Classic GT Falcon flies the coop
Rare ‘barn find’ could go for record price at auction.
A famous Aussie muscle car that comes covered in dust and bird droppings could enter the record books for rare classic car sales when it goes to auction later this week.
The 1973 Ford Falcon XA GT RPO 83 is the very definition of what classic car enthusiasts call a “barn find,” having been parked in a shed where it has been gathering dust for the past 32 years.
The car is one of the rarest and most sought-after of all Ford Falcons, having been part of a group of GT coupes and sedans that were built clandestinely by Ford Australia, following the infamous “160m/h Supercars” scare of 1972.
Ford had planned to release the hotly anticipated XA GT HO Phase 4 as a homologated competition-car replacement for the now legendary XY GT HO Phase 3, until a 1972 Sydney newspaper report trumpeted the news of “160m/h Cars Soon”.
The resulting political furore, spurred on by the steeply rising road toll, prompted racing rivals Ford, Holden and Chrysler to back down on their plans, lest they lose valuable government fleet contracts.
However, Ford had already built four Phase 4s, cars which are now akin to unicorns among Australian muscle car fans, and the company had stockpiled parts for another 250 cars, which they quietly released to the market as the RPO (Regular Production Option) 83, effectively building the banned supercar in secret.
Writing for Unique Cars magazine, classic car specialist Cliff Chambers said of the RPO83: “Judged against purely logical criteria, an XA is the best Falcon GT to own and an RPO83 is the best XA. The XY with its evocative ‘shaker’ air intake is the more recognisable car but an older design and today more expensive than an XA.”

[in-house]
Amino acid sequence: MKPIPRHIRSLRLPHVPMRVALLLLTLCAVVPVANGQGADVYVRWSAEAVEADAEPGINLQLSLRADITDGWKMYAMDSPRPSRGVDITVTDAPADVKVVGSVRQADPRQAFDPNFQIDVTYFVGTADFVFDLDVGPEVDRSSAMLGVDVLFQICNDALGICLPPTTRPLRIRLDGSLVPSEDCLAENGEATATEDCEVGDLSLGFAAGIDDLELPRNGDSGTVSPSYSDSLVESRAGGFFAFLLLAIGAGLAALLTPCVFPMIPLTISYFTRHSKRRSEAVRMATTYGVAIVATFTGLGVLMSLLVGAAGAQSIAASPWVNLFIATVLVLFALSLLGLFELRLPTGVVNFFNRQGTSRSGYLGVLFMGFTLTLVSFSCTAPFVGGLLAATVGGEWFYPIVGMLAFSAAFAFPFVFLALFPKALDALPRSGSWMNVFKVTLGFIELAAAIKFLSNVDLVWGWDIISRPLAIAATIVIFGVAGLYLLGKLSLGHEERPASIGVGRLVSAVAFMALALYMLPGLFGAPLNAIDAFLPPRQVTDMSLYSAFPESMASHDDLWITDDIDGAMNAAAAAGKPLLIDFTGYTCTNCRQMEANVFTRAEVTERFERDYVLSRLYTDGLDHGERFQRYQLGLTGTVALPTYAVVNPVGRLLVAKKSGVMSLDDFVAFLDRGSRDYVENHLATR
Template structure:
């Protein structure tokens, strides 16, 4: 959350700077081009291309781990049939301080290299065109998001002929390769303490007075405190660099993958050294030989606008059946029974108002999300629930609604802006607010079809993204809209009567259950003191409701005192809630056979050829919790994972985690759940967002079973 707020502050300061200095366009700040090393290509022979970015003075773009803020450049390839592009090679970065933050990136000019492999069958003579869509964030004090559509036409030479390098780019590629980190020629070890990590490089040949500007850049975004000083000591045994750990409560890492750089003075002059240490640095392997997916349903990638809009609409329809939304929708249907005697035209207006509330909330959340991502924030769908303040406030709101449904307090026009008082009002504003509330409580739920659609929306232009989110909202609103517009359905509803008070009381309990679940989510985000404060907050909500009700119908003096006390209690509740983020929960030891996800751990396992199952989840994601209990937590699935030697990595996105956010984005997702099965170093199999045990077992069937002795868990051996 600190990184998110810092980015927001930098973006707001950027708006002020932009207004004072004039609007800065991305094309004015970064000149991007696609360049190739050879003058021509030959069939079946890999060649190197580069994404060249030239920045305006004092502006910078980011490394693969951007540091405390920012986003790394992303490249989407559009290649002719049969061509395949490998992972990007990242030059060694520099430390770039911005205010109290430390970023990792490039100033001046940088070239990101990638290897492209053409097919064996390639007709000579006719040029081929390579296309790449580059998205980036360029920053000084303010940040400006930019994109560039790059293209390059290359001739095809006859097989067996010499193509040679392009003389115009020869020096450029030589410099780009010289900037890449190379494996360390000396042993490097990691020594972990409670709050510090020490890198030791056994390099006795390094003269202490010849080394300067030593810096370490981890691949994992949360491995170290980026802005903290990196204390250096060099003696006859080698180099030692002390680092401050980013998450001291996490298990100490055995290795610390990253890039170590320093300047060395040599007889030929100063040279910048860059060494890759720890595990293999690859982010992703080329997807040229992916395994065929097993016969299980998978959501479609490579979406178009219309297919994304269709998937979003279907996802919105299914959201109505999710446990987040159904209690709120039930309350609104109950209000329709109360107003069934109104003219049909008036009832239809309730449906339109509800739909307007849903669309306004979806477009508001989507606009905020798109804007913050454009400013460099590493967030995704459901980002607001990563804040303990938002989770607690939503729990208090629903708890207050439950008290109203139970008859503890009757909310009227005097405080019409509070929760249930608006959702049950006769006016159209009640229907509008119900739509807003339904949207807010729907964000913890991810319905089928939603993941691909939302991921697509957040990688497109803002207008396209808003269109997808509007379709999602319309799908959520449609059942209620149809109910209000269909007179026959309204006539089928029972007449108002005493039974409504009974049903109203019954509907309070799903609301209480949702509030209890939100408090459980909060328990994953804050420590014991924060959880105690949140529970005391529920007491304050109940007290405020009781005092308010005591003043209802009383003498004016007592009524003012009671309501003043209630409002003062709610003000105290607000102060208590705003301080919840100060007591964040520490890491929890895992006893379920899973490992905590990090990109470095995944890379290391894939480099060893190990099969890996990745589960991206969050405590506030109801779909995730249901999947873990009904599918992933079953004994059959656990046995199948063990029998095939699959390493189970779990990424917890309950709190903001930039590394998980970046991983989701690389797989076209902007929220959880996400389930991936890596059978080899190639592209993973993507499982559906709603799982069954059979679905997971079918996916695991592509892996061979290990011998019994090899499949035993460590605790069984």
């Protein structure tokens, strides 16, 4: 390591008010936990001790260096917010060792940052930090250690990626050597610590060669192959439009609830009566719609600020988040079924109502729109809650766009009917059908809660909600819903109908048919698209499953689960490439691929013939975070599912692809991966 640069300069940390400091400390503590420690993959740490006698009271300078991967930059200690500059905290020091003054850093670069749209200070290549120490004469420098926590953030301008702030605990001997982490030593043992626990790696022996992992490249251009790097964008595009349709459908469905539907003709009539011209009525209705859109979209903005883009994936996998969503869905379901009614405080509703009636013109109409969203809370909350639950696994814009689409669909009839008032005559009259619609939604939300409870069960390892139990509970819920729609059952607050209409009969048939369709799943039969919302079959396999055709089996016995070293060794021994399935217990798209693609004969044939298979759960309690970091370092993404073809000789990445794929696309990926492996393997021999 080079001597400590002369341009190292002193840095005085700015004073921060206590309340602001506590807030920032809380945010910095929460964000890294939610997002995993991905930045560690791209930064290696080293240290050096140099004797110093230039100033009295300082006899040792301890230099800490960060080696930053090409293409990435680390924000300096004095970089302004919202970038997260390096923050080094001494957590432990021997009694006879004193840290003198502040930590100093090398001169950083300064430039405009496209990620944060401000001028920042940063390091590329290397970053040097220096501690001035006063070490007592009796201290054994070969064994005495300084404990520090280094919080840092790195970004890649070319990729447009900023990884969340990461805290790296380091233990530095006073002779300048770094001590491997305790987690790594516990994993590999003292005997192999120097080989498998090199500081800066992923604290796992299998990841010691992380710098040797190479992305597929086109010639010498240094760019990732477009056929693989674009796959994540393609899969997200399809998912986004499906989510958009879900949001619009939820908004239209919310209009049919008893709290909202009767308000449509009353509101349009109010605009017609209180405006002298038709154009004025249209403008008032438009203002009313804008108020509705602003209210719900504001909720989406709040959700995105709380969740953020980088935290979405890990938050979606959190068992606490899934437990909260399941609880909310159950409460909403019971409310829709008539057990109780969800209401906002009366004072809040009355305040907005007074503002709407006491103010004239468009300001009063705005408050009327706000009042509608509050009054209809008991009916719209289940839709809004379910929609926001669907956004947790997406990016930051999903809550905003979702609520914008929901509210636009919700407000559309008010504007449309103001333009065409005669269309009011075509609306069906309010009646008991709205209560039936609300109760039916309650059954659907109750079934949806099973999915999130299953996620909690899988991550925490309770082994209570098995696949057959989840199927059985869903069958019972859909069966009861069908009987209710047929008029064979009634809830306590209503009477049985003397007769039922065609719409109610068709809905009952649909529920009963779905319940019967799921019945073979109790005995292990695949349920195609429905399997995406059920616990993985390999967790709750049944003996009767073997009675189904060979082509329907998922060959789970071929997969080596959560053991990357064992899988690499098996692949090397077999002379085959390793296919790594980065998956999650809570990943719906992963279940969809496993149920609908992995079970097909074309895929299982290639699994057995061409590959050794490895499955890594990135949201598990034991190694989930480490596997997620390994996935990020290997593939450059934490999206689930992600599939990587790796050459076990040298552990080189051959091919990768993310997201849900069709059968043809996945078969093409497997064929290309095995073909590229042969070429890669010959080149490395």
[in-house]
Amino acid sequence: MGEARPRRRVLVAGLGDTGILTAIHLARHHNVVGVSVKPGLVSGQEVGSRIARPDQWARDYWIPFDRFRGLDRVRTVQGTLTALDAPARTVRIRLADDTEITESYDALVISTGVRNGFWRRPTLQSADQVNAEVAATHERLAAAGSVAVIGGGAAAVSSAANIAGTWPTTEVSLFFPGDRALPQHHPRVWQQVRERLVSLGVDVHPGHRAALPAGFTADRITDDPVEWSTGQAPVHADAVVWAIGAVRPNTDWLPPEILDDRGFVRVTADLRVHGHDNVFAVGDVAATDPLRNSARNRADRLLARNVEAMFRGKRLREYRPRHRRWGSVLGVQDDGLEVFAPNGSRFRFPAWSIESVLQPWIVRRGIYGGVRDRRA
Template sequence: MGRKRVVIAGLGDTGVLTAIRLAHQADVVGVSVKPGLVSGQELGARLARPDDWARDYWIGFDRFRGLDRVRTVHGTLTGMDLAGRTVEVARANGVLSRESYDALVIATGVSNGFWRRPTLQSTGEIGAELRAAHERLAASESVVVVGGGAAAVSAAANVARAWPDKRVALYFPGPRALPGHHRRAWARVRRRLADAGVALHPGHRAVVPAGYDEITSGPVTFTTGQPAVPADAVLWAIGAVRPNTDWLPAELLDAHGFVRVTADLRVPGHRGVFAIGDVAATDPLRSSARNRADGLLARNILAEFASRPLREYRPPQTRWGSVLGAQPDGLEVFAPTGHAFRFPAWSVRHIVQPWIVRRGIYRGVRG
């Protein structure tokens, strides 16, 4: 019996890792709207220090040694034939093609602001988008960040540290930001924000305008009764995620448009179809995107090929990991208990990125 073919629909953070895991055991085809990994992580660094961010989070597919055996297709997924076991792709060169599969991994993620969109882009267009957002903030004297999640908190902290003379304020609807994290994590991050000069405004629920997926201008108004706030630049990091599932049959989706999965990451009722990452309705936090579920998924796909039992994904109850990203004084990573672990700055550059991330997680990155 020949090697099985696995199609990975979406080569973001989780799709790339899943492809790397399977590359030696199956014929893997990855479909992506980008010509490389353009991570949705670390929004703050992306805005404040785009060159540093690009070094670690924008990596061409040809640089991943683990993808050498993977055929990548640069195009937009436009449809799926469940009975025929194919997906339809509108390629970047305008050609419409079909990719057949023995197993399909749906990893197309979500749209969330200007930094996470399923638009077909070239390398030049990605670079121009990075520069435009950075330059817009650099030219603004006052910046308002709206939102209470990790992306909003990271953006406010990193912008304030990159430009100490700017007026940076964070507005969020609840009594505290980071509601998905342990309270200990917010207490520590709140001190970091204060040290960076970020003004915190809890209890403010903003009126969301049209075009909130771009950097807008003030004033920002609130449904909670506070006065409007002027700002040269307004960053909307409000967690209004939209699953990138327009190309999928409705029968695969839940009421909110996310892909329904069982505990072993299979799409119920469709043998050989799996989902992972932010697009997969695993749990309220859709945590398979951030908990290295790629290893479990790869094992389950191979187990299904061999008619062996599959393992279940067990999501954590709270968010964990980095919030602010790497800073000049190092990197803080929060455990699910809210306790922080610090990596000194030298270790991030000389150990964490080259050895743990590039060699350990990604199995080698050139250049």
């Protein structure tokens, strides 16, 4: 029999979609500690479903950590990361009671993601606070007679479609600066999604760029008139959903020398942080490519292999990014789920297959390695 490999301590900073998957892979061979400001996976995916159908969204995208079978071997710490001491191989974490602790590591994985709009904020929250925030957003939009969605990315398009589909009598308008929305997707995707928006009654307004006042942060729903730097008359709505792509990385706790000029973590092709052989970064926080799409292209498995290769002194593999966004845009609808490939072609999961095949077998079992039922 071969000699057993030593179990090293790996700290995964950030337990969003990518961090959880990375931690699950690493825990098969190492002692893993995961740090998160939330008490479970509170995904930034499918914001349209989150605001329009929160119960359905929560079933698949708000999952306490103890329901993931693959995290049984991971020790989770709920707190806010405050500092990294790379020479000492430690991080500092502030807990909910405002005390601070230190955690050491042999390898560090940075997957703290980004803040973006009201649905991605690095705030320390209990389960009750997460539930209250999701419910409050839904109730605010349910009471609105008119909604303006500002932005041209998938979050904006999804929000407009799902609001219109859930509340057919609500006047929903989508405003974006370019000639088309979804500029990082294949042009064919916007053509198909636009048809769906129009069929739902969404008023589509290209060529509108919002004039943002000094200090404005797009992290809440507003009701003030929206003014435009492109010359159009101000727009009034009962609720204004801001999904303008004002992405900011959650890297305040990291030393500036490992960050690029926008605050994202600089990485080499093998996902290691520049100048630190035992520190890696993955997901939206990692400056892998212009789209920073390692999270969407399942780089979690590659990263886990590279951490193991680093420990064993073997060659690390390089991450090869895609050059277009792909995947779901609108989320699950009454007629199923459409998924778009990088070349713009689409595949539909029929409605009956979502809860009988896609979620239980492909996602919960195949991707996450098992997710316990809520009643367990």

This particular one-owner RPO83 has been handed the moniker the “Chicken Coupe” by enthusiasts, thanks to its unusual back story.
The car’s now-deceased owner purchased the rare GT as a low-mileage demo from Brisbane’s Coachcraft Ford in 1973 for $7000, and drove it for 15 years before skyrocketing insurance premiums prompted him to park it in a shed surrounded by chicken wire.
According to a statement from Grays, a large number of prospective buyers have attempted to buy the south-east Queensland car over the years, but the sentimental owner had been unwilling to sell, as the GT had been his wedding car.
Now, with the passing of its proud owner the “Chicken Coupe” is being offered for auction on behalf of his family, say Grays.
“This car is as Australian as it gets,” said Rian Gaffy, Classic Car Specialist at Grays.
“From its accidental birth after the supercar ban to its decades in a shed surrounded by chicken wire to its (MacRobertson’s Old Gold) colour scheme that honours a local chocolate company, it’s a uniquely Aussie story surrounded by rumours and legend.
“We’re very proud and excited to offer it for auction.”
The Chicken Coupe goes up for auction in its original “barn find” condition, complete with flat tyres, cobwebs, dust and rat droppings, in the Grays July Classic Car Auction, which starts at 5pm 24 July.
Bidding starts from a mere $9 but an independent expert we spoke to suggested this rare an exclusive piece of Aussie automotive history should fetch a final price between $150–$200,000.